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I live in Brooklyn, NY and I love it here.  I came here for my career in 2009 and haven't once looked back. 

Tuesday, July 30, 2013

Oh yeah, I'm a composer...

It feels good to be composing again.  Seemingly, under a month ago I was complaining about doing all this freelance TV work and not having much time to write.  Now, here it is mere weeks later and I've got several music projects lined up, only one of which I knew about in advance.  In fact, the one I did know about developed into several projects in one.

The trailer for "The Life" is being produced right now as we speak and on top of that I'm going to be working on a song for the end credits of the series with singer/songwriter Amanda Brecker.  Extremely excited about that collaboration which came out of the blue earlier this week.

I'm also currently composing a piano theme for a film I'll be scoring, prior to shooting, for a director I worked with last year.  So far the director and I have zeroed in on an overall mood and tonality and a basic melody which I will be fleshing out later this week.  They begin shooting on the 19th of August.

Add to that, a friend connected me with a .org that she works for that is looking for a 7 second bumper for their online learning channel (kinda like the opening to TED Talks).  The News Literacy Project is an educational program that promotes media literacy among high school kids.  So, that project is happening concurrently with the above and I'll likely be working directly with the motion graphics editor this week to find something that will highlight her animation.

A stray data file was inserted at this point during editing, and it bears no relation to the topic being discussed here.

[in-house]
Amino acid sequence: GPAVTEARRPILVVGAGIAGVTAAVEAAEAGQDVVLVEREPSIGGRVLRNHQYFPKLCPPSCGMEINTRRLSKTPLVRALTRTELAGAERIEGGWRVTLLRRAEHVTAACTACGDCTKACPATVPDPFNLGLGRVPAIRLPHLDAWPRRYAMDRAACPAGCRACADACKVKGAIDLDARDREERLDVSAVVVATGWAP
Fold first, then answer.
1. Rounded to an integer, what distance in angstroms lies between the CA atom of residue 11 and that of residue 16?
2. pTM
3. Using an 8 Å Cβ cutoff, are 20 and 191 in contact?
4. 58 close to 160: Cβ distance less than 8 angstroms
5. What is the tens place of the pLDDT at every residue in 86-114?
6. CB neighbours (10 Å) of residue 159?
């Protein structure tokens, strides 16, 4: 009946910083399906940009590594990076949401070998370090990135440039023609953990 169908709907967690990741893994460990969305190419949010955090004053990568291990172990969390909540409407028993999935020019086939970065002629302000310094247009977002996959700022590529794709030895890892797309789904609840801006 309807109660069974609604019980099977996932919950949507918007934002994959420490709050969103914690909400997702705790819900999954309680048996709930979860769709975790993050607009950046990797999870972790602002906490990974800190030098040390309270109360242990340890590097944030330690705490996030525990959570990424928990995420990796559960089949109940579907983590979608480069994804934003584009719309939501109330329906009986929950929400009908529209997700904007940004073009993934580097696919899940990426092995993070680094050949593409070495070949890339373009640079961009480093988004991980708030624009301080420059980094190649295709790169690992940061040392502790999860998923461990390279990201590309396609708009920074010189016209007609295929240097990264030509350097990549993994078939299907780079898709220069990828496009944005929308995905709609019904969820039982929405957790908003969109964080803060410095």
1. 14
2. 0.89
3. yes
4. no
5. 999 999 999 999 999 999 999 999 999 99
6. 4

All of the above events have me in this strange euphoric state right now.  I can't believe I got so much work all at once.  I'm still working every day of the week, sometimes at both jobs (TruTV and NY1) so finding the time for all these projects is going to be a bit of a challenge.  But that's never stopped me before.  I'm hoping to meet with Amanda this Friday to talk about our collaboration; it sounds like I'll be seeing the first drafts of the animation for the .org by Friday or Monday; and I'm hoping that tonight I can start drafting some musical ideas for "The Life" trailer.

Recording in my living room in the last few hours before my cousin returns from vacation seems like a good idea...even if it will be after midnight.  My downstairs neighbors have never complained even when I would play the piano, which, I'm sure, they would have to be able to hear.  A little acoustic guitar, post midnight, never hurt anyone.

As for the theme for Ben's film, I've got a leg up on it and I just need to start dragging my laptop around with me so I can work on the structure of the piece.  I think I'll actually score this one out using Sibelius, which I realize I haven't used in a good long while because I haven't really had a need to score anything since last summer.  So that should be fun.

Another thing I may need to try and accomplish tonight though is to submit an audition for a voice over job I was invited to audition for at Edge Studio. The deadline is 3pm tomorrow so hopefully I can hammer that out tonight.

And this leads me to my next exciting piece of news, and ya know what? Never mind. I don't want to jinx it. You'll know when I know. It's voice over related, I will say that.

On to a final piece of news: this past weekend my brother and his wife welcomed Donovan Eugene Stewart Daoust into the world. He was born at 8:06 pm Saturday night, just as I was going on stage with Lacy at Jamey's House of Music in Philly. I'm incredibly psyched to visit them in a few weeks and meet the little guy. He's adorable. :)